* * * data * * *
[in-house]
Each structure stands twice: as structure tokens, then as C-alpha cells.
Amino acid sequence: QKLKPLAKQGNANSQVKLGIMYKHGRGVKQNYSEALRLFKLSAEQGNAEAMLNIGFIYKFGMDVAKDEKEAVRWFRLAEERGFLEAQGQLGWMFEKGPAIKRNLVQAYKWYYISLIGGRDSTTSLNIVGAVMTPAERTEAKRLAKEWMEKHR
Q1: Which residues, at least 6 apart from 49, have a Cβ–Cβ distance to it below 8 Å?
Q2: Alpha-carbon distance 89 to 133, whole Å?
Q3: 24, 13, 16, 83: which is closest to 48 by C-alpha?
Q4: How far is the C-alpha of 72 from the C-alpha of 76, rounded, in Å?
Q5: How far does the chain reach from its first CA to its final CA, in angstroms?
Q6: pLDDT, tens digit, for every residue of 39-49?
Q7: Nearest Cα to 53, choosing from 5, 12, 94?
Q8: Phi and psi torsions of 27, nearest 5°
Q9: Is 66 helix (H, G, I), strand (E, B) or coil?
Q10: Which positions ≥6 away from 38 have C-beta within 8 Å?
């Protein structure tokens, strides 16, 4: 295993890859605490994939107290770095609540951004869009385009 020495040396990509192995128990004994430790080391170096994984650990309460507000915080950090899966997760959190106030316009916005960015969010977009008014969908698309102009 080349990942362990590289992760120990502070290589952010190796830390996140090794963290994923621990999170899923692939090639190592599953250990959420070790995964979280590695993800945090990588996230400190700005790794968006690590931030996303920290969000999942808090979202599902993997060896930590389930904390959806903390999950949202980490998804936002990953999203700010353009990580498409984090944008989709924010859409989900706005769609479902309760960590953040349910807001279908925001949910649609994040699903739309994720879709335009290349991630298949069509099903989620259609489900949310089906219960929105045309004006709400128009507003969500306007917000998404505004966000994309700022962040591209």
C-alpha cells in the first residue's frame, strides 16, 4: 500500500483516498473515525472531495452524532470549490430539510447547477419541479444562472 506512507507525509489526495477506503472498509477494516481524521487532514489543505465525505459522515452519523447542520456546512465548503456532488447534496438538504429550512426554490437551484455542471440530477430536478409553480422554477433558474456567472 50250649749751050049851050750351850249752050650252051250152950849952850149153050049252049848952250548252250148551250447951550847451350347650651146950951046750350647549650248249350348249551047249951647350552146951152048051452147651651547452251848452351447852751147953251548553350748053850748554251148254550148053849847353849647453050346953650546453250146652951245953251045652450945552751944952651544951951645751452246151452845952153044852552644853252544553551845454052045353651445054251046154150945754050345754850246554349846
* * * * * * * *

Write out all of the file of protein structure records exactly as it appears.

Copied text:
[in-house]
Each structure stands twice: as structure tokens, then as C-alpha cells.
Amino acid sequence: QKLKPLAKQGNANSQVKLGIMYKHGRGVKQNYSEALRLFKLSAEQGNAEAMLNIGFIYKFGMDVAKDEKEAVRWFRLAEERGFLEAQGQLGWMFEKGPAIKRNLVQAYKWYYISLIGGRDSTTSLNIVGAVMTPAERTEAKRLAKEWMEKHR
Q1: Which residues, at least 6 apart from 49, have a Cβ–Cβ distance to it below 8 Å?
Q2: Alpha-carbon distance 89 to 133, whole Å?
Q3: 24, 13, 16, 83: which is closest to 48 by C-alpha?
Q4: How far is the C-alpha of 72 from the C-alpha of 76, rounded, in Å?
Q5: How far does the chain reach from its first CA to its final CA, in angstroms?
Q6: pLDDT, tens digit, for every residue of 39-49?
Q7: Nearest Cα to 53, choosing from 5, 12, 94?
Q8: Phi and psi torsions of 27, nearest 5°
Q9: Is 66 helix (H, G, I), strand (E, B) or coil?
Q10: Which positions ≥6 away from 38 have C-beta within 8 Å?
């Protein structure tokens, strides 16, 4: 295993890859605490994939107290770095609540951004869009385009 020495040396990509192995128990004994430790080391170096994984650990309460507000915080950090899966997760959190106030316009916005960015969010977009008014969908698309102009 080349990942362990590289992760120990502070290589952010190796830390996140090794963290994923621990999170899923692939090639190592599953250990959420070790995964979280590695993800945090990588996230400190700005790794968006690590931030996303920290969000999942808090979202599902993997060896930590389930904390959806903390999950949202980490998804936002990953999203700010353009990580498409984090944008989709924010859409989900706005769609479902309760960590953040349910807001279908925001949910649609994040699903739309994720879709335009290349991630298949069509099903989620259609489900949310089906219960929105045309004006709400128009507003969500306007917000998404505004966000994309700022962040591209």
C-alpha cells in the first residue's frame, strides 16, 4: 500500500483516498473515525472531495452524532470549490430539510447547477419541479444562472 506512507507525509489526495477506503472498509477494516481524521487532514489543505465525505459522515452519523447542520456546512465548503456532488447534496438538504429550512426554490437551484455542471440530477430536478409553480422554477433558474456567472 50250649749751050049851050750351850249752050650252051250152950849952850149153050049252049848952250548252250148551250447951550847451350347650651146950951046750350647549650248249350348249551047249951647350552146951152048051452147651651547452251848452351447852751147953251548553350748053850748554251148254550148053849847353849647453050346953650546453250146652951245953251045652450945552751944952651544951951645751452246151452845952153044852552644853252544553551845454052045353651445054251046154150945754050345754850246554349846